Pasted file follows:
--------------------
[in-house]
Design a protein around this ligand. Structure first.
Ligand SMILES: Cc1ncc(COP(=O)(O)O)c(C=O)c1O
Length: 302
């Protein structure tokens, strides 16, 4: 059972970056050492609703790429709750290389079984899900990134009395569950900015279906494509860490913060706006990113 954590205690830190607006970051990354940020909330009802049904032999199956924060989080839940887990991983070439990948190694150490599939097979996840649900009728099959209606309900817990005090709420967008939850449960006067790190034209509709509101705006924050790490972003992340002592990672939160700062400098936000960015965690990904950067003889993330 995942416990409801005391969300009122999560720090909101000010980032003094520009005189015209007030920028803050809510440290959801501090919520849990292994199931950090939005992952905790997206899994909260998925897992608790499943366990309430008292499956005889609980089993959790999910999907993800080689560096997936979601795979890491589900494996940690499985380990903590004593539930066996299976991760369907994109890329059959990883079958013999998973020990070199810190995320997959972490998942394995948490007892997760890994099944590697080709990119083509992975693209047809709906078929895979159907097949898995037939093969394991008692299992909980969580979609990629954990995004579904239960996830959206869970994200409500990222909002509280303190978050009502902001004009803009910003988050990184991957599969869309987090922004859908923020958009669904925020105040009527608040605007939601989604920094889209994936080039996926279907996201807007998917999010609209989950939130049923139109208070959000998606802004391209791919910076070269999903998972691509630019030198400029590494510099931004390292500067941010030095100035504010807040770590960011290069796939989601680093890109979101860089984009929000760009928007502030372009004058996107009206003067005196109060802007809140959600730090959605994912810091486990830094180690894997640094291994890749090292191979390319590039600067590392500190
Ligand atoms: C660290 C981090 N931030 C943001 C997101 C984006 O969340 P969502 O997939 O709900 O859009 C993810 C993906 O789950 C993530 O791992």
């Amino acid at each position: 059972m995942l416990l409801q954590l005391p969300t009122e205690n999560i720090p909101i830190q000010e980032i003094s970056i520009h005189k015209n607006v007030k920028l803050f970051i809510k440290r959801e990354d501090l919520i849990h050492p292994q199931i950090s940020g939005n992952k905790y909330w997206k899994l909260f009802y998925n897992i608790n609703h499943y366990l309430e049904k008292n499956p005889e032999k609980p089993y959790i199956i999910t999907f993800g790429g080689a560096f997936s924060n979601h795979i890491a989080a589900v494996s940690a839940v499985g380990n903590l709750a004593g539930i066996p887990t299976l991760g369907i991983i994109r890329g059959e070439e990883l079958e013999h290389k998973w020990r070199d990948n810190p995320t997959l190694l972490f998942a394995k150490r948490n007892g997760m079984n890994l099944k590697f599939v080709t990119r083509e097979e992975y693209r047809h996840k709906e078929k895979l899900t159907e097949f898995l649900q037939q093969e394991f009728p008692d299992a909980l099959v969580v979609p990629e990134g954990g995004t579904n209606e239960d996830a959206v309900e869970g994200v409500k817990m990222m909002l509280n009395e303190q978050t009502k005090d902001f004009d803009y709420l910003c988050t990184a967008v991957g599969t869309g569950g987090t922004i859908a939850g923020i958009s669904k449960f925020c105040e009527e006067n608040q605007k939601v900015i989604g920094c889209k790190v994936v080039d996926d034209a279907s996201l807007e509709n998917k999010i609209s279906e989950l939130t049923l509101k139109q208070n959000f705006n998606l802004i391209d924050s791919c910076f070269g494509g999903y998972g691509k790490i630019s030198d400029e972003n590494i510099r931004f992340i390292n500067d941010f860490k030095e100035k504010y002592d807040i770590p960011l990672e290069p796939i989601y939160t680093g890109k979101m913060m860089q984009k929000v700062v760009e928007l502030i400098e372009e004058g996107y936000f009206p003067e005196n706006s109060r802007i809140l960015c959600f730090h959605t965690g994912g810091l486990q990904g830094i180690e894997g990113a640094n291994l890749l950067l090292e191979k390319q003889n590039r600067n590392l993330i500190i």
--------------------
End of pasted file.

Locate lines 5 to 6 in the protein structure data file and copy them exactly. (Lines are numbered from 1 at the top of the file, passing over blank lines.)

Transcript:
């Protein structure tokens, strides 16, 4: 059972970056050492609703790429709750290389079984899900990134009395569950900015279906494509860490913060706006990113 954590205690830190607006970051990354940020909330009802049904032999199956924060989080839940887990991983070439990948190694150490599939097979996840649900009728099959209606309900817990005090709420967008939850449960006067790190034209509709509101705006924050790490972003992340002592990672939160700062400098936000960015965690990904950067003889993330 995942416990409801005391969300009122999560720090909101000010980032003094520009005189015209007030920028803050809510440290959801501090919520849990292994199931950090939005992952905790997206899994909260998925897992608790499943366990309430008292499956005889609980089993959790999910999907993800080689560096997936979601795979890491589900494996940690499985380990903590004593539930066996299976991760369907994109890329059959990883079958013999998973020990070199810190995320997959972490998942394995948490007892997760890994099944590697080709990119083509992975693209047809709906078929895979159907097949898995037939093969394991008692299992909980969580979609990629954990995004579904239960996830959206869970994200409500990222909002509280303190978050009502902001004009803009910003988050990184991957599969869309987090922004859908923020958009669904925020105040009527608040605007939601989604920094889209994936080039996926279907996201807007998917999010609209989950939130049923139109208070959000998606802004391209791919910076070269999903998972691509630019030198400029590494510099931004390292500067941010030095100035504010807040770590960011290069796939989601680093890109979101860089984009929000760009928007502030372009004058996107009206003067005196109060802007809140959600730090959605994912810091486990830094180690894997640094291994890749090292191979390319590039600067590392500190
Ligand atoms: C660290 C981090 N931030 C943001 C997101 C984006 O969340 P969502 O997939 O709900 O859009 C993810 C993906 O789950 C993530 O791992």